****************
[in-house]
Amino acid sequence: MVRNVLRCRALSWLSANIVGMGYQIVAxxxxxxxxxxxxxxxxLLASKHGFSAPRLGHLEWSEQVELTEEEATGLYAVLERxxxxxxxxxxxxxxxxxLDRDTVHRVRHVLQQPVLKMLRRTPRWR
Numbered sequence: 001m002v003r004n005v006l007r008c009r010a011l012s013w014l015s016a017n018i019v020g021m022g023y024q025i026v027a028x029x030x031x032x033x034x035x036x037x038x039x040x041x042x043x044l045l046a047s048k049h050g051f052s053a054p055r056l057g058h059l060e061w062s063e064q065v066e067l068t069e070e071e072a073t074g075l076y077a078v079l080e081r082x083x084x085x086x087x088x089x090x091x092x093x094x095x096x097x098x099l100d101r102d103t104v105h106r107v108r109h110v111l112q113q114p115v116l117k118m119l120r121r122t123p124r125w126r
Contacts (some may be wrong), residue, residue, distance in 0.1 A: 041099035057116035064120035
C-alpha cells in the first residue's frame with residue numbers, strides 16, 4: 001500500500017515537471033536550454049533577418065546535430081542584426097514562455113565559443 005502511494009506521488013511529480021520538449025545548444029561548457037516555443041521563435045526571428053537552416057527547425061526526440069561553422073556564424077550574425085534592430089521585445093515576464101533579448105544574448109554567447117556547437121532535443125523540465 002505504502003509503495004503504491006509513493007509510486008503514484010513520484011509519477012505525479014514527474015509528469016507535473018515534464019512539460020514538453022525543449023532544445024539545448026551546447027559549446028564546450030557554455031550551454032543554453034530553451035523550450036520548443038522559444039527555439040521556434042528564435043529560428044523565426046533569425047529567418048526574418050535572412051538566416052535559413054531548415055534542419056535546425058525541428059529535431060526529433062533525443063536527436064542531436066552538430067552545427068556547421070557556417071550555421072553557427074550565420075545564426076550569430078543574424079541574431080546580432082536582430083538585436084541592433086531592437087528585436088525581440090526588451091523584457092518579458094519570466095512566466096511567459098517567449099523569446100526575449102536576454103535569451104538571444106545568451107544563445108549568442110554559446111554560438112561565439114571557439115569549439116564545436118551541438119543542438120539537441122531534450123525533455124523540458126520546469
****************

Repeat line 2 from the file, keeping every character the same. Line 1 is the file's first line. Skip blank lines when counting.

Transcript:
Amino acid sequence: MVRNVLRCRALSWLSANIVGMGYQIVAxxxxxxxxxxxxxxxxLLASKHGFSAPRLGHLEWSEQVELTEEEATGLYAVLERxxxxxxxxxxxxxxxxxLDRDTVHRVRHVLQQPVLKMLRRTPRWR